When William Conquered England: The Battle of Hastings in 1066

When William Conquered England: The Battle of Hastings in 1066

Patrick Lynch - June 13, 2017

On October 14, 1066, a field some seven miles from the town of Hastings was the scene of arguably the most famous battle in English history. It is unquestionably one of the most important because it changed the course of history in England as William, Duke of Normandy, defeated King Harold Godwinson. Incidentally, the site of the battle is now a town named Battle.

Background to the Battle

There had been a link between Normandy and England since 1002 when King Ethelred II married the Duke of Normandy’s (Richard II) sister, Emma. They had a son named Edward the Confessor, and he spent many years living in Normandy. When he became king in 1042, he brought a large array of Normans including soldiers, clerics, and courtiers. However, Edward had no heirs and became involved in a battle for the crown with Godwin, Earl of Wessex and his sons.

When William Conquered England: The Battle of Hastings in 1066
The Battle of Hastings on The Bayeux Tapestry. The History Press

King Edward died on January 5, 1066, and the lack of an heir meant that a dispute over the next monarch was inevitable. The king’s immediate successor was Harold Godwinson who was the son of Godwin and England’s richest and most powerful aristocrat. Although Harold was crowned king, he faced two contenders almost immediately. William of Normandy claimed he was the rightful heir as Edward had promised him the crown. Harald III of Norway also contested the crowning of Harold and based his claim between an old agreement between former kings of England and Norway.

Harold’s forces drove back the fleet of his exiled brother, Tostig, but could not prevent Harald III landing in the north of England in early September 1066. By now, Harold had sent his militia home because most of them had to harvest their crops. The Norwegians took York after victory at the Battle of Fulford. Meanwhile, Harold was building his army in anticipation of an attack by William. When he heard about the Norwegian invasion, he raced north to meet them and won an impressive victory at the Battle of Stamford Bridge on September 25. Although Harald III and Tostig died in the battle and their army was almost annihilated, Harold’s army was also in bad shape and ripe for another invasion.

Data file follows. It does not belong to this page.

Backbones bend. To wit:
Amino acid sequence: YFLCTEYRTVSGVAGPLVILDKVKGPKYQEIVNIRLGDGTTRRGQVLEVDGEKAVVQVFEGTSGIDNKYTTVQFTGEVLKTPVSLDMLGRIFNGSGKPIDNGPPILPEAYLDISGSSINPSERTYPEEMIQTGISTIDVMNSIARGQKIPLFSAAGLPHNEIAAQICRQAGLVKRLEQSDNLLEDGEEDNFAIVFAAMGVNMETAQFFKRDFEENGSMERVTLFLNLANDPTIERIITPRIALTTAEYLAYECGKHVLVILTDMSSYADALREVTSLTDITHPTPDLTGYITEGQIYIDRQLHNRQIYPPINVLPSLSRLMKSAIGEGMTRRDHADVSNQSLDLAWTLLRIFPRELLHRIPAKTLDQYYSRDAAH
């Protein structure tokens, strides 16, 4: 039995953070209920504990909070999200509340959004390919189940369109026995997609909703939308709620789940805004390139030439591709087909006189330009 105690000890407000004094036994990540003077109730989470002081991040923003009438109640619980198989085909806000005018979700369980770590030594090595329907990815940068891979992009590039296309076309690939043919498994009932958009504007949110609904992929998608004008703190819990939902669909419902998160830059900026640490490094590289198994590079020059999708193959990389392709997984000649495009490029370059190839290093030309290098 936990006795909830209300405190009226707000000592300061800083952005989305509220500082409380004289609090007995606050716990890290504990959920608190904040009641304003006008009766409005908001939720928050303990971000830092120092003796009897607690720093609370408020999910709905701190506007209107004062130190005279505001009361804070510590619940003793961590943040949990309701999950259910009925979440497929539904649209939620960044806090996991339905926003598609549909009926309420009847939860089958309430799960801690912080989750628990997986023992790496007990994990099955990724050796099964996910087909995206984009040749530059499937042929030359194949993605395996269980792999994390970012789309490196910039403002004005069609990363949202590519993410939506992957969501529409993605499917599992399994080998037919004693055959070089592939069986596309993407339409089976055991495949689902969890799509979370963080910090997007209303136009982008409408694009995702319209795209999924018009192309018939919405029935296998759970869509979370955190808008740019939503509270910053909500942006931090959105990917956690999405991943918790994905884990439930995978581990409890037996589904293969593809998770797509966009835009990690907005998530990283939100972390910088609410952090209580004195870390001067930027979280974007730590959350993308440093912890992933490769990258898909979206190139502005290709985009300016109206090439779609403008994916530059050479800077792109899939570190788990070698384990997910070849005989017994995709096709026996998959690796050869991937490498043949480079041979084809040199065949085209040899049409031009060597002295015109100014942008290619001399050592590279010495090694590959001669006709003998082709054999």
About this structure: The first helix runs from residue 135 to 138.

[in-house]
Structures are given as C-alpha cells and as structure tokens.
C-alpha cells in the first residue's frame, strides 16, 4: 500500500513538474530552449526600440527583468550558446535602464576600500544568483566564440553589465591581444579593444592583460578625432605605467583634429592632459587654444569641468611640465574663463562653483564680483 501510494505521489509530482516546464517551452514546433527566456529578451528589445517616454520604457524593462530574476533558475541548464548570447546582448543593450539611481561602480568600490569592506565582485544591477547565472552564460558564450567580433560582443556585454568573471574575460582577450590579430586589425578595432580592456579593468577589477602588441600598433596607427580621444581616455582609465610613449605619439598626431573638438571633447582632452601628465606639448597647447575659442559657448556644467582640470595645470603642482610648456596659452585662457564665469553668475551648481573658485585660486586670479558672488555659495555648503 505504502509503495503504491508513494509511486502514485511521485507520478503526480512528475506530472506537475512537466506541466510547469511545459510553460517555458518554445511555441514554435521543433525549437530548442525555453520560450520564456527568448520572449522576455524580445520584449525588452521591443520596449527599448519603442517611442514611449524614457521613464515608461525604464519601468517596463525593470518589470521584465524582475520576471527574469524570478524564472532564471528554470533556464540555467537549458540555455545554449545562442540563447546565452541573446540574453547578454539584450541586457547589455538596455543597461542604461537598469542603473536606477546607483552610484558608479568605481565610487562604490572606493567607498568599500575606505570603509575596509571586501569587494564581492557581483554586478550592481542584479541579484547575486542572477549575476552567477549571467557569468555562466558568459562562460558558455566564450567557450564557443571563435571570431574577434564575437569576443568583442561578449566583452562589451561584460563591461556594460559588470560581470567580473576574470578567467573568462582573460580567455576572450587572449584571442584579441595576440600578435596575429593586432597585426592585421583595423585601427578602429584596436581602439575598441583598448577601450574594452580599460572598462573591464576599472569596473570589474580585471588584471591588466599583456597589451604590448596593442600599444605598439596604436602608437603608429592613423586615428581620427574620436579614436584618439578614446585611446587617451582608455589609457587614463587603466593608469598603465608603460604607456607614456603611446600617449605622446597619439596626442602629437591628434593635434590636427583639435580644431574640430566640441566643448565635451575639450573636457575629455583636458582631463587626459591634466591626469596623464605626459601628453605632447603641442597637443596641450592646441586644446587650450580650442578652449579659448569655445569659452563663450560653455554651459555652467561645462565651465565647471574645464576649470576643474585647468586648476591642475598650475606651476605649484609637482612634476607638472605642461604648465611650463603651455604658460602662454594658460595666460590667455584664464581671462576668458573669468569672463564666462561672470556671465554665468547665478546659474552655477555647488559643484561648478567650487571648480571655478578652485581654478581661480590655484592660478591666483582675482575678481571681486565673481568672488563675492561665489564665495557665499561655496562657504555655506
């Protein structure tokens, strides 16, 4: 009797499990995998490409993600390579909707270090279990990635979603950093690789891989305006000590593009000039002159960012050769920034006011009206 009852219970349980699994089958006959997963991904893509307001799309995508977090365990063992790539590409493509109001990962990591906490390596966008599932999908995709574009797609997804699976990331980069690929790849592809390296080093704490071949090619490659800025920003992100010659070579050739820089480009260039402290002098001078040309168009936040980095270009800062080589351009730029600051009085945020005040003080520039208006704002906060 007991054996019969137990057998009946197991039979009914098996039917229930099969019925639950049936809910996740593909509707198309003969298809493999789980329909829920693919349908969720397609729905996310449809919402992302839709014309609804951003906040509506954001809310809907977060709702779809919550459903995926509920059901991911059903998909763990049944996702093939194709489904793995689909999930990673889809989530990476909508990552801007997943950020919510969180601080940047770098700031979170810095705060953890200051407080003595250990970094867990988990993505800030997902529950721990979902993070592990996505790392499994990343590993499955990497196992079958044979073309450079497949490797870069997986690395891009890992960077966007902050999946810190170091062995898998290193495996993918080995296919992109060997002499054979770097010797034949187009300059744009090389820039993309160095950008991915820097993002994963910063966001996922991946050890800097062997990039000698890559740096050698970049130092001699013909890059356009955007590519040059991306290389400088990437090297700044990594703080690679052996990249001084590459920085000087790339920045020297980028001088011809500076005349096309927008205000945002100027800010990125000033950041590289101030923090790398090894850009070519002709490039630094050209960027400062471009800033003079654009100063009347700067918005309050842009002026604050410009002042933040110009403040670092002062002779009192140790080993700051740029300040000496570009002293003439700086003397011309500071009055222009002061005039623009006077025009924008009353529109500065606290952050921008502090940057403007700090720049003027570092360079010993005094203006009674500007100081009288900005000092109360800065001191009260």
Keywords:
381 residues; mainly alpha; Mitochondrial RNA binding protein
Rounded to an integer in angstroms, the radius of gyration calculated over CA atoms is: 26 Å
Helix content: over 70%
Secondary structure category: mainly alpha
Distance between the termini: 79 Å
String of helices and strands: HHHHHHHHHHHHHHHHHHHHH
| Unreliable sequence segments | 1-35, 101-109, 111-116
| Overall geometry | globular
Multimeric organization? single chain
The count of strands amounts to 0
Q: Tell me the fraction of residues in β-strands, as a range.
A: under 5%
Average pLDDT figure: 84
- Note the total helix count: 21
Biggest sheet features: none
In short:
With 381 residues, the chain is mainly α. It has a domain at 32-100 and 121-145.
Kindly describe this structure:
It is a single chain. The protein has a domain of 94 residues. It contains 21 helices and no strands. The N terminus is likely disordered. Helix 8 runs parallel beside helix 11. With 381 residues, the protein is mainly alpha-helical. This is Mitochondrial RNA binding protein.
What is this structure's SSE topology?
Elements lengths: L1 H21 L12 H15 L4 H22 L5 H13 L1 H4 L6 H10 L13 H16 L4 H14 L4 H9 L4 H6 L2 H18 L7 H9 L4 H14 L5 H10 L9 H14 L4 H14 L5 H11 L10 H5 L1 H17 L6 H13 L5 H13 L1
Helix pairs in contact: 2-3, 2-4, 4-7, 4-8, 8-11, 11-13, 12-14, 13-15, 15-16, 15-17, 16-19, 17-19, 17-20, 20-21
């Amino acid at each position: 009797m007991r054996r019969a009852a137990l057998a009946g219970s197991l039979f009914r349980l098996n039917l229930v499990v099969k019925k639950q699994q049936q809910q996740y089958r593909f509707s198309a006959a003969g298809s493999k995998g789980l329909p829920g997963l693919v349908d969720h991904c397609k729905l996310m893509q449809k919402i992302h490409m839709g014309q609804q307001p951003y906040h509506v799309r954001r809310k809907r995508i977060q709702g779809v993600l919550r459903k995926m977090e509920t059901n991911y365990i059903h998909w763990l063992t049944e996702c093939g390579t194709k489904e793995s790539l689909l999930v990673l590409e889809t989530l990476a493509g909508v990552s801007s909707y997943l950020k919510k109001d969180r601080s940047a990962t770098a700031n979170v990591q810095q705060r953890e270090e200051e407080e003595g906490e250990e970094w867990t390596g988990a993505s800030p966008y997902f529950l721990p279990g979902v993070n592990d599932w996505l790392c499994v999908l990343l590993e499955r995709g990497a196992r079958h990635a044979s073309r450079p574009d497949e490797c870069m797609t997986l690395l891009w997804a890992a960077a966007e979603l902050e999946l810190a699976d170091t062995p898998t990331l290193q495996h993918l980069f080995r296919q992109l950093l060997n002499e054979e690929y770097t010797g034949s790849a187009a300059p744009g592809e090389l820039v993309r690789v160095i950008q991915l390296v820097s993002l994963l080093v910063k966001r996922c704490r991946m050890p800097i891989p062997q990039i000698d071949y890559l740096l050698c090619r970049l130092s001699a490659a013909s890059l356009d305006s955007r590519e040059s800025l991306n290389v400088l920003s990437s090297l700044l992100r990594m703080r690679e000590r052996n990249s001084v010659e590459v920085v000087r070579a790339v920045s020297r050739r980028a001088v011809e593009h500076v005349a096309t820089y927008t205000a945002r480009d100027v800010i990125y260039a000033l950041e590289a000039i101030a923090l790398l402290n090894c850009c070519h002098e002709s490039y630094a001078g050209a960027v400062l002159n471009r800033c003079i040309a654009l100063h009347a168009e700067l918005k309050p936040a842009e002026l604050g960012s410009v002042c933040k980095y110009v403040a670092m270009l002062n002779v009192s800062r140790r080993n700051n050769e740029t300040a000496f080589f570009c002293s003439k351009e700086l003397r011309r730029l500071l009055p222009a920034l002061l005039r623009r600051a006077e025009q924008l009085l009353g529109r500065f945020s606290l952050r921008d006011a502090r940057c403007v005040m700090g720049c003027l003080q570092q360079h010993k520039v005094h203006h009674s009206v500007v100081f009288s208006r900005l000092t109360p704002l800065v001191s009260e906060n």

William Makes His Move

William was planning an attack but was way behind the Norwegians in terms of preparation. It took him nine months to build his fleet, but he was finally ready to invade England in August 1066. However, the crossing was delayed; sources vary regarding the reason. Some say he knew a journey at that point would see his fleet intercepted by the English; others believe bad weather prevented his attack.

Either way, it was a stroke of good fortune for William because he arrived at Sussex on September 28, a few days after the Battle of Stamford Bridge that had significantly weakened his enemy. His army consisted of cavalry, archers, and crossbowmen. The exact amount of troops he brought to England is unknown and varies from 7,000 to 14,000 depending on the source.

Harold left most of his men up north after Stamford Bridge and brought a relatively small army down south to deal with the threat. He probably did not learn of William’s landing until he was already on his way south. Harold and his men covered approximately 200 miles in seven days and camped at Caldbec Hill on October 13. He was now just 8 miles from William’s castle in Hastings. His attempt to surprise William failed when Norman scouts reported the king’s arrival. Most historians agree that William left the castle and took his army to meet his rival.

Harold placed his shield wall on Senlac Hill and had a significant advantage at the start of the fight. Estimates vary on the size of his army, but it was probably somewhere between 5,000 and 13,000 men. William’s men had no choice but to climb the hill on the boggy ground; a tough task made even worse by the fact the men were weighed down by heavy armor. However, the English army was made up entirely of infantry which was a problem against William’s cavalry. On 9 am on Saturday, October 14, 1066, one of England’s most legendary battles took place.